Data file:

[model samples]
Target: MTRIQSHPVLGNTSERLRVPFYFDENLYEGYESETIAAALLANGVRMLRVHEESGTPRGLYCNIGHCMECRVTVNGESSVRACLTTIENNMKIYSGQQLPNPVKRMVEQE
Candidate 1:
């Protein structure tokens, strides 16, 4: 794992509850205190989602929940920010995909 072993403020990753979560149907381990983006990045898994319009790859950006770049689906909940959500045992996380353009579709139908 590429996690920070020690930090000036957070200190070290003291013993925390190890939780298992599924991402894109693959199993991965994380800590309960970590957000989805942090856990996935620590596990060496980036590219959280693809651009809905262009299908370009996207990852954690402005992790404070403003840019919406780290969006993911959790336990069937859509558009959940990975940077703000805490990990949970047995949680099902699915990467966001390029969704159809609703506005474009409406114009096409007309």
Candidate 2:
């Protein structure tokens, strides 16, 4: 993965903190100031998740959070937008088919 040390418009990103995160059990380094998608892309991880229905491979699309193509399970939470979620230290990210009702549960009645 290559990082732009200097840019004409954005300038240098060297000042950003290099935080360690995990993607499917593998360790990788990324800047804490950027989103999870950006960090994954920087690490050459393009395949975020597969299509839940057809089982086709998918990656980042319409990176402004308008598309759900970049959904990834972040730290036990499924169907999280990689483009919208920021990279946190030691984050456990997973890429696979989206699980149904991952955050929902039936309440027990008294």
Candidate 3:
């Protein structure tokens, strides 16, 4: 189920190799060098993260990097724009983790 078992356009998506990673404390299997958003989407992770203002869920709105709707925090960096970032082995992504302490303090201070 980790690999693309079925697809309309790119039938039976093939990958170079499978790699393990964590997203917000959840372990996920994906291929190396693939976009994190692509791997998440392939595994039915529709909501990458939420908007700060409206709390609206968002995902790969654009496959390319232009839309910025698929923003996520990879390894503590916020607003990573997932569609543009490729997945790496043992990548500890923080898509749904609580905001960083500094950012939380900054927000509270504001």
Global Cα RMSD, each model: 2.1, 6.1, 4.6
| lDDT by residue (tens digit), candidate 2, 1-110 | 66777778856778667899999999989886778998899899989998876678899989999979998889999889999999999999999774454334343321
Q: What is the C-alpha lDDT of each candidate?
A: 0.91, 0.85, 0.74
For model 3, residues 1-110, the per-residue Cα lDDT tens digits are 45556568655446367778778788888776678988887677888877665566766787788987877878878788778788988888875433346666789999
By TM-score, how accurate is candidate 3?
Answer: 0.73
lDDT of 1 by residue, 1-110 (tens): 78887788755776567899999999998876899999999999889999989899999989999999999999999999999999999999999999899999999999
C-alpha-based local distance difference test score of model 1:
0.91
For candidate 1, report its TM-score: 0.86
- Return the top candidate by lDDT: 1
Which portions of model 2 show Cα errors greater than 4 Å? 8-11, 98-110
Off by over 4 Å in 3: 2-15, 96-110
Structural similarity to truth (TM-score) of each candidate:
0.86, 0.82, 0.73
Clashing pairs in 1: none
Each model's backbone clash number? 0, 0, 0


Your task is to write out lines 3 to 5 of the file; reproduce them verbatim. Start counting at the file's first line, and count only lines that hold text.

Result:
Candidate 1:
């Protein structure tokens, strides 16, 4: 794992509850205190989602929940920010995909 072993403020990753979560149907381990983006990045898994319009790859950006770049689906909940959500045992996380353009579709139908 590429996690920070020690930090000036957070200190070290003291013993925390190890939780298992599924991402894109693959199993991965994380800590309960970590957000989805942090856990996935620590596990060496980036590219959280693809651009809905262009299908370009996207990852954690402005992790404070403003840019919406780290969006993911959790336990069937859509558009959940990975940077703000805490990990949970047995949680099902699915990467966001390029969704159809609703506005474009409406114009096409007309």
Candidate 2: